Aristotle's system quickly triumphed over the atomists' ideas for several reasons. First, it more convincingly explained many natural properties and activities, especially biological ones. Second, its emphasis on essential structure and function, instead of merely accidental phenomena, attributed a sense of order to the universe that made it more explicable. Third, its provisions for purpose and free will, instead of chance or determinism, were more compatible with belief in God and personal moral responsibility, whereas Epicureanism gained a reputation for atheism and immorality (hedonism). With the subsequent rise of Christianity in Western culture and the adaptation of Aristotelian philosophy in support of Christian theology, atomism remained out of favor for over 1,500 years. Lucretius's poem De Rerum Natura, the only atomist text from antiquity to survive intact, would not be recovered by Western Europe until 1417.


By the late sixteenth century, severe difficulties with Aristotle's theories had become apparent. His generally qualitative approach proved unsuitable to newly developed quantitative and mathematical methods in physics. The doctrine of substance did not explain adequately how existing chemical substances combine to form new substances, or why the original substances reappear upon decomposition. The Paracelsian chemical doctrine of three immaterial principles of matter challenged Aristotle's four-element theory; new astronomical discoveries undermined his distinctions in material composition and motion between the superlunary and sublunary cosmic spheres; and barometric experiments by Evangelista Torricelli (1608-1647) proved the existence of the vacuum. Particulate matter theories, however, could explain physical phenomena in quantitative rather than qualitative terms, and avoid many problematic aspects of Aristotelian substance.

Ironically, the first early modern particulate matter theories developed out of Aristotle's philosophy, not atomism. A passage in Book I.4 of Aristotle's Physics was interpreted to suggest that, while matter as such is infinitely divisible, specific substances consist of minima naturalia, or particles of a minimum natural size, whose physical division entails destruction of their substantial natures. The great Arabic commentators, Avicenna [Ibn Sina] (980-1037) and Averroës [Ibn Rushd] (1126-1198), developed this concept and modified Aristotle's theory of substance to suggest that in chemical reactions, a substantial form of the product "supervenes" upon the forms of the constituents, but the latter persist as "virtual" forms that reappear when the product decomposes. This theory was transmitted to Europe during the thirteenth century, attracting the interest of the medieval scholastics. By the sixteenth century, commentators such as Augustine Nifo (1473-1546?), Julius Caesar Scaliger (1484-1558), and Jacopo Zabarella (1532-1589) increasingly stressed the concept of minima naturalia and de-emphasized that of substance.

The revival of Epicurean atomism was due primarily to the French priest and philosopher Pierre Gassendi (1592-1655), who overcame most theological objections to atomism by recasting it to conform to Christian doctrines. Instead of being infinite in number, eternal, indestructible, and in perpetual motion, atoms are finite in number, being originally created and set into motion by God, who directs their movements according to regular laws to accomplish specific ends. Atomic matter is passive and inert; the fundamental properties of atoms are size, shape, weight, and solidity (impenetrability), with all other qualities resulting from their combinations by means of interlocking sets of hooks, points, and pores. Space exists apart from matter, as a real geometric framework that contains both material bodies and vacuums that separate them. By contrast, God made angels and human souls out of an incorporeal matter that does not constitute physical bodies or occupy space. Matter, its phenomenal modes of appearance, and space thus replaced the Aristotelian categories of substance, real qualities, and place; corporeal matter became equated with physical body and void space with the absence of body; and motion (as efficient cause alone) became the only category of real change.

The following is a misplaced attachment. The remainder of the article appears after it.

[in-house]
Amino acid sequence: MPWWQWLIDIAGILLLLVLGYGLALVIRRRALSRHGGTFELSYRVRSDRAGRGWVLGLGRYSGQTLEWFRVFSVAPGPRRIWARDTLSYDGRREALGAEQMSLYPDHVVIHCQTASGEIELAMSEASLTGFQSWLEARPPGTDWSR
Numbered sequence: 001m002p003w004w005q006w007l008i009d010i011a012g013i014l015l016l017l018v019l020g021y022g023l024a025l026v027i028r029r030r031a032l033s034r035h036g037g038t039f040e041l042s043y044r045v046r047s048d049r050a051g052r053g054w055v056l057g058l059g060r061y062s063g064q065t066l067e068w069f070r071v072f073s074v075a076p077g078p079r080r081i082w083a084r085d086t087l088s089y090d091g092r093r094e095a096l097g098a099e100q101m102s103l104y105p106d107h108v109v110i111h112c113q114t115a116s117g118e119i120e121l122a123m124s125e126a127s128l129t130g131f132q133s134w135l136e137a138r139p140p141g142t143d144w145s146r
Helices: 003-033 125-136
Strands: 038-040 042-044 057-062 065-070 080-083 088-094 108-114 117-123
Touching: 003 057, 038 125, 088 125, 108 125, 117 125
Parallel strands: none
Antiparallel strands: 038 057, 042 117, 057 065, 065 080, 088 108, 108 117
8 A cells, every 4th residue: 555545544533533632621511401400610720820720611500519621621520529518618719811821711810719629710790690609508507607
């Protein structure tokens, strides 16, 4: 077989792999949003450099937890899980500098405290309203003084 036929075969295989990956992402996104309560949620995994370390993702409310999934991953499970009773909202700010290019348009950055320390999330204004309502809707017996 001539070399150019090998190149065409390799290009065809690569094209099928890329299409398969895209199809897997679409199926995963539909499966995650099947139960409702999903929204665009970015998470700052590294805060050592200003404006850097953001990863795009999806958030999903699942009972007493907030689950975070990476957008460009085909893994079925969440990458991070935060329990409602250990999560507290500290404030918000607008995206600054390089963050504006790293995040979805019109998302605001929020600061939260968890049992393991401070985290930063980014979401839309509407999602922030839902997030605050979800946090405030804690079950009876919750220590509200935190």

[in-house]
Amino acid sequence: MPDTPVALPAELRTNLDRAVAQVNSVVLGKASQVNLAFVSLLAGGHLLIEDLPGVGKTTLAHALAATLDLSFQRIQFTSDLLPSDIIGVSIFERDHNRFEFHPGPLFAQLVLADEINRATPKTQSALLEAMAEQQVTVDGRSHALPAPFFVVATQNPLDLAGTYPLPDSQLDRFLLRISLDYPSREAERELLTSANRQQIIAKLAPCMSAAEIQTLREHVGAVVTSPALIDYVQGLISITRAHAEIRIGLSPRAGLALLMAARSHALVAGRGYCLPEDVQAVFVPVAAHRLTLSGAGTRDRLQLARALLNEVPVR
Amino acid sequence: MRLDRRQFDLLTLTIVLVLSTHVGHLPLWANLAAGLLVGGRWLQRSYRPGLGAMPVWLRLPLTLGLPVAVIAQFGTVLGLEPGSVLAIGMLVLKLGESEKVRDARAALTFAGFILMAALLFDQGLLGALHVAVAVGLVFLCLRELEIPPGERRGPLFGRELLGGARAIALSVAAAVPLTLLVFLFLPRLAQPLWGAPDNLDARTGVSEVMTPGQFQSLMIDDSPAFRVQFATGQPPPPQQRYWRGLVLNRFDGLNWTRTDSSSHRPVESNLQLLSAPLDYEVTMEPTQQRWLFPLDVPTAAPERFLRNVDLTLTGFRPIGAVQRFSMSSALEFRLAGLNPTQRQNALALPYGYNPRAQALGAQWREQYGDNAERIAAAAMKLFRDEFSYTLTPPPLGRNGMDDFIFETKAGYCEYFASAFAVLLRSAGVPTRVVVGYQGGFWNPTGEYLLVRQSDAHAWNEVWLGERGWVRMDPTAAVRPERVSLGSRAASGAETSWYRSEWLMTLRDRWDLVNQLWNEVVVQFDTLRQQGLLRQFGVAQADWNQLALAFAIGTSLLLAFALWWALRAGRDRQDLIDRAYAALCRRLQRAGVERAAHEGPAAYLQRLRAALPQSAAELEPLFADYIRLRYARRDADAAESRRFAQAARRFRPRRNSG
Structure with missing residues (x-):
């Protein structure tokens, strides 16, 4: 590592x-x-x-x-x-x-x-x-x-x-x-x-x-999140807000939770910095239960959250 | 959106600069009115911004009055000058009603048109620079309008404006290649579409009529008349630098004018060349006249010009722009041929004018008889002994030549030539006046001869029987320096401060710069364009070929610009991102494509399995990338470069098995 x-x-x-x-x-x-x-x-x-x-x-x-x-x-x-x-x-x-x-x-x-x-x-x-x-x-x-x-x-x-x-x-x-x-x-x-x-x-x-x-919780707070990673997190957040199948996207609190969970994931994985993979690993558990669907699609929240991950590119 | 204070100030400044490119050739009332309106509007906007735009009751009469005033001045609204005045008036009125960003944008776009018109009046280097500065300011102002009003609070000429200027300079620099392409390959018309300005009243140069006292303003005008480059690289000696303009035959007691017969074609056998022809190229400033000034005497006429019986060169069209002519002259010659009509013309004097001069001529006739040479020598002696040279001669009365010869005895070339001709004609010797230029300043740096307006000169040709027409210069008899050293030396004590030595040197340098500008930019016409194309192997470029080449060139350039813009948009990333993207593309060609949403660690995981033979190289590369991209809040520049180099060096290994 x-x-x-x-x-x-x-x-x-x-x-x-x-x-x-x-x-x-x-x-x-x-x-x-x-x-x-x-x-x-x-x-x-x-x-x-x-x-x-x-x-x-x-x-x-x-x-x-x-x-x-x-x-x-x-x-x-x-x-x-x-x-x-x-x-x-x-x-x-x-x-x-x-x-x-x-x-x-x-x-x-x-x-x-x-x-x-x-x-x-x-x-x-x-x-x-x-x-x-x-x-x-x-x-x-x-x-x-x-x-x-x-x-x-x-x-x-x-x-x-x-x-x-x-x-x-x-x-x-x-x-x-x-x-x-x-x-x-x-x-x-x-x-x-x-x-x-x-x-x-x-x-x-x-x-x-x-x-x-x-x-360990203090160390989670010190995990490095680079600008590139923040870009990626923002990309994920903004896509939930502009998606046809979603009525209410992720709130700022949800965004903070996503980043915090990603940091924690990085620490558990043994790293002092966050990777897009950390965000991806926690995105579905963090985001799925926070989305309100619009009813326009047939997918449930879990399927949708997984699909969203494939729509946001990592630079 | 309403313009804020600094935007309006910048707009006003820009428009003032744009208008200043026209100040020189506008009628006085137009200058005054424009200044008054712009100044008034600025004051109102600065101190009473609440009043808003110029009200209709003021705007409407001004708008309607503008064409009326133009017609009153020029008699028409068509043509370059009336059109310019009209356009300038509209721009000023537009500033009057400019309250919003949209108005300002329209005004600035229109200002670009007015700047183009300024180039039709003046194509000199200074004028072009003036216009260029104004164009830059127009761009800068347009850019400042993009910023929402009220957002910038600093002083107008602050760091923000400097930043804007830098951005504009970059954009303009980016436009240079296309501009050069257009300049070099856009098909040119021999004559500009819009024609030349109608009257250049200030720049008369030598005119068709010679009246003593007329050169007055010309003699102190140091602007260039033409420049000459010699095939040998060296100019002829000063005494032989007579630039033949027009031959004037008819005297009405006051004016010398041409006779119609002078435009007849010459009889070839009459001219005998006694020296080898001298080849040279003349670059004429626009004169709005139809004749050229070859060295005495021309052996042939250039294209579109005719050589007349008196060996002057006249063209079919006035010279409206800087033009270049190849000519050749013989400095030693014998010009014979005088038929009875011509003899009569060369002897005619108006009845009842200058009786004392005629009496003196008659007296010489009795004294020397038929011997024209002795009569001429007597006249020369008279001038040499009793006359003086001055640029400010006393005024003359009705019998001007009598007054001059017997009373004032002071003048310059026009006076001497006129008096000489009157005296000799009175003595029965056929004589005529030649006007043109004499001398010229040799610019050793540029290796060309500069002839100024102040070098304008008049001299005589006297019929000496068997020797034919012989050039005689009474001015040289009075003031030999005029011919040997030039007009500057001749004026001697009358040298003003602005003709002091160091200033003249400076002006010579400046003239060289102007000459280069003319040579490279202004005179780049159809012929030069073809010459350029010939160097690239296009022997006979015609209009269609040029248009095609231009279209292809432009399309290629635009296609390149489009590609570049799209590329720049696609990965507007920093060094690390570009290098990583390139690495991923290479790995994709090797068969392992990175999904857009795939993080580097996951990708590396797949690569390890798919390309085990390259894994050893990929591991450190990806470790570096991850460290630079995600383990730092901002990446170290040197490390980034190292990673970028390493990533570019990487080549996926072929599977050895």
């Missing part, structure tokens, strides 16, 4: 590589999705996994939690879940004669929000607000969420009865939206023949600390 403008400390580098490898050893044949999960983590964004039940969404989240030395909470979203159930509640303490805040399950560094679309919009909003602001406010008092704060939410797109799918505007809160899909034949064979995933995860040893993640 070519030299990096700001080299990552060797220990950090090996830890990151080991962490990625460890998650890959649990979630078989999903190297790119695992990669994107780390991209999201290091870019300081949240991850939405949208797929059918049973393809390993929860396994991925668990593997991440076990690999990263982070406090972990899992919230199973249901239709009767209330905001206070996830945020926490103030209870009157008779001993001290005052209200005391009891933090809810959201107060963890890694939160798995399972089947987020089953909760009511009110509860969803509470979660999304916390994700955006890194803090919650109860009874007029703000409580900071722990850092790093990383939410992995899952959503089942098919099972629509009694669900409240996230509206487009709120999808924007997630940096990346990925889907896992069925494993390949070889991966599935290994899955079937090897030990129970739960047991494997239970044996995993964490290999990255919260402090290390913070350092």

While Gassendi's system was the most influential, propagated in England by Walter Charleton (1620-1707) and in continental Europe through the correspondence network of Marin Mersenne (1588-1648), it competed for decades with several rivals. Some philosophers endorsed indivisible atoms, other minima naturalia; some accepted and others rejected the existence of void space apart from matter; some believed motion was inherent in atoms, others that atoms were inert and moved by external forces. Generally, physicists favored atoms, while chemists preferred minima naturalia. Galileo Galilei (1564-1642), in formulating the laws of physical motion, treated atoms as mathematical points instead of hard bodies occupying space. René Descartes (1598-1650) equated matter with three-dimensional spatial extension, denied the existence of the void, and posited a material plenum filled by particles of three different sizes but indeterminate shapes that formed swirling vortices in constant motion. The German physician Daniel Sennert (1572-1637) proposed a compromise system, wherein atoms constituted the four Aristotelian elements, which in turn constituted the three Paracelsian principles, whose various combinations then constituted the corpuscular minima naturalia of tangible substances. The British chemist Robert Boyle (1629-1698), influenced by Charleton, adopted the term corpuscles to avoid a commitment to either atoms or minima, since neither the divisibility or indivisibility of matter could be proved by experiment.